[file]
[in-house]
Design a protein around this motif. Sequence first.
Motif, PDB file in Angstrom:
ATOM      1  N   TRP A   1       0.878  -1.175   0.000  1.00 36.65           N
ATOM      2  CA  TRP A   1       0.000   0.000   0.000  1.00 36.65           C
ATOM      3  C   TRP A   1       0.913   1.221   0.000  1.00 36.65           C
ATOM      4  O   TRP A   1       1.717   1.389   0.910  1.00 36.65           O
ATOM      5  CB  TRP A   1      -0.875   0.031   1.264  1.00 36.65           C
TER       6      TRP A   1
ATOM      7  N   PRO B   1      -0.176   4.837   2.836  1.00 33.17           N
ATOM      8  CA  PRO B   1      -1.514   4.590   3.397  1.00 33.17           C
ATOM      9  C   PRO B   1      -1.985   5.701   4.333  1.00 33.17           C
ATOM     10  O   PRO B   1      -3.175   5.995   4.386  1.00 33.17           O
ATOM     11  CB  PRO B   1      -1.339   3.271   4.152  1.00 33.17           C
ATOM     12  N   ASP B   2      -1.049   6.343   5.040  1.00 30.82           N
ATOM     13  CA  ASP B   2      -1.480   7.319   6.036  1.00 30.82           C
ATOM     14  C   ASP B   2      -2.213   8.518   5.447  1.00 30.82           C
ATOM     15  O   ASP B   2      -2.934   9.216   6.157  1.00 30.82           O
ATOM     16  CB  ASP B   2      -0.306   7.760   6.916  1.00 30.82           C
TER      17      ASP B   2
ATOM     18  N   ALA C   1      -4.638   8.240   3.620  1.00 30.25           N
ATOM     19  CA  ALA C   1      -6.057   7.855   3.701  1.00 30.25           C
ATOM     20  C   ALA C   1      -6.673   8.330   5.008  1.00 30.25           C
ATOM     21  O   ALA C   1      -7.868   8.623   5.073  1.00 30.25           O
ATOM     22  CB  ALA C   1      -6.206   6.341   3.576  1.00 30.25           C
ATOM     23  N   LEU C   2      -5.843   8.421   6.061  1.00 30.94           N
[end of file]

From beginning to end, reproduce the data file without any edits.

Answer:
[in-house]
Design a protein around this motif. Sequence first.
Motif, PDB file in Angstrom:
ATOM      1  N   TRP A   1       0.878  -1.175   0.000  1.00 36.65           N
ATOM      2  CA  TRP A   1       0.000   0.000   0.000  1.00 36.65           C
ATOM      3  C   TRP A   1       0.913   1.221   0.000  1.00 36.65           C
ATOM      4  O   TRP A   1       1.717   1.389   0.910  1.00 36.65           O
ATOM      5  CB  TRP A   1      -0.875   0.031   1.264  1.00 36.65           C
TER       6      TRP A   1
ATOM      7  N   PRO B   1      -0.176   4.837   2.836  1.00 33.17           N
ATOM      8  CA  PRO B   1      -1.514   4.590   3.397  1.00 33.17           C
ATOM      9  C   PRO B   1      -1.985   5.701   4.333  1.00 33.17           C
ATOM     10  O   PRO B   1      -3.175   5.995   4.386  1.00 33.17           O
ATOM     11  CB  PRO B   1      -1.339   3.271   4.152  1.00 33.17           C
ATOM     12  N   ASP B   2      -1.049   6.343   5.040  1.00 30.82           N
ATOM     13  CA  ASP B   2      -1.480   7.319   6.036  1.00 30.82           C
ATOM     14  C   ASP B   2      -2.213   8.518   5.447  1.00 30.82           C
ATOM     15  O   ASP B   2      -2.934   9.216   6.157  1.00 30.82           O
ATOM     16  CB  ASP B   2      -0.306   7.760   6.916  1.00 30.82           C
TER      17      ASP B   2
ATOM     18  N   ALA C   1      -4.638   8.240   3.620  1.00 30.25           N
ATOM     19  CA  ALA C   1      -6.057   7.855   3.701  1.00 30.25           C
ATOM     20  C   ALA C   1      -6.673   8.330   5.008  1.00 30.25           C
ATOM     21  O   ALA C   1      -7.868   8.623   5.073  1.00 30.25           O
ATOM     22  CB  ALA C   1      -6.206   6.341   3.576  1.00 30.25           C
ATOM     23  N   LEU C   2      -5.843   8.421   6.061  1.00 30.94           N